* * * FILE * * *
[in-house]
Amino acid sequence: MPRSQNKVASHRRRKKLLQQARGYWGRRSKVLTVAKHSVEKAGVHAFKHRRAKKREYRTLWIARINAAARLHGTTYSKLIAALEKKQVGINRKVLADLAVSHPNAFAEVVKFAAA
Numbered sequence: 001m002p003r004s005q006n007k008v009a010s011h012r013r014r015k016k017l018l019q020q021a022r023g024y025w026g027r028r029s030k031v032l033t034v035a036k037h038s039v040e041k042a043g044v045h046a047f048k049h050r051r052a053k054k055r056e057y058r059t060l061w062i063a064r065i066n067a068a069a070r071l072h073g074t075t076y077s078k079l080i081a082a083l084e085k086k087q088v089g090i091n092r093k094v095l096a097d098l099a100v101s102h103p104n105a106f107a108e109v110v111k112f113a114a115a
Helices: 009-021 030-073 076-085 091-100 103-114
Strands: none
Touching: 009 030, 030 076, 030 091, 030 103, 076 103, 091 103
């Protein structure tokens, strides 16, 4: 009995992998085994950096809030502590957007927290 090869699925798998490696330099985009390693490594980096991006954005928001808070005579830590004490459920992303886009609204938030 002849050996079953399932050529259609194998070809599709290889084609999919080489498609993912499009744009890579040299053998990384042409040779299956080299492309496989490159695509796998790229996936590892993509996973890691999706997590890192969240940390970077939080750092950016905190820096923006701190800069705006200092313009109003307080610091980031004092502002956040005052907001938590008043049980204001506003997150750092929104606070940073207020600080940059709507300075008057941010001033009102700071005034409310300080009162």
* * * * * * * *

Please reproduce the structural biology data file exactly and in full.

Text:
[in-house]
Amino acid sequence: MPRSQNKVASHRRRKKLLQQARGYWGRRSKVLTVAKHSVEKAGVHAFKHRRAKKREYRTLWIARINAAARLHGTTYSKLIAALEKKQVGINRKVLADLAVSHPNAFAEVVKFAAA
Numbered sequence: 001m002p003r004s005q006n007k008v009a010s011h012r013r014r015k016k017l018l019q020q021a022r023g024y025w026g027r028r029s030k031v032l033t034v035a036k037h038s039v040e041k042a043g044v045h046a047f048k049h050r051r052a053k054k055r056e057y058r059t060l061w062i063a064r065i066n067a068a069a070r071l072h073g074t075t076y077s078k079l080i081a082a083l084e085k086k087q088v089g090i091n092r093k094v095l096a097d098l099a100v101s102h103p104n105a106f107a108e109v110v111k112f113a114a115a
Helices: 009-021 030-073 076-085 091-100 103-114
Strands: none
Touching: 009 030, 030 076, 030 091, 030 103, 076 103, 091 103
């Protein structure tokens, strides 16, 4: 009995992998085994950096809030502590957007927290 090869699925798998490696330099985009390693490594980096991006954005928001808070005579830590004490459920992303886009609204938030 002849050996079953399932050529259609194998070809599709290889084609999919080489498609993912499009744009890579040299053998990384042409040779299956080299492309496989490159695509796998790229996936590892993509996973890691999706997590890192969240940390970077939080750092950016905190820096923006701190800069705006200092313009109003307080610091980031004092502002956040005052907001938590008043049980204001506003997150750092929104606070940073207020600080940059709507300075008057941010001033009102700071005034409310300080009162």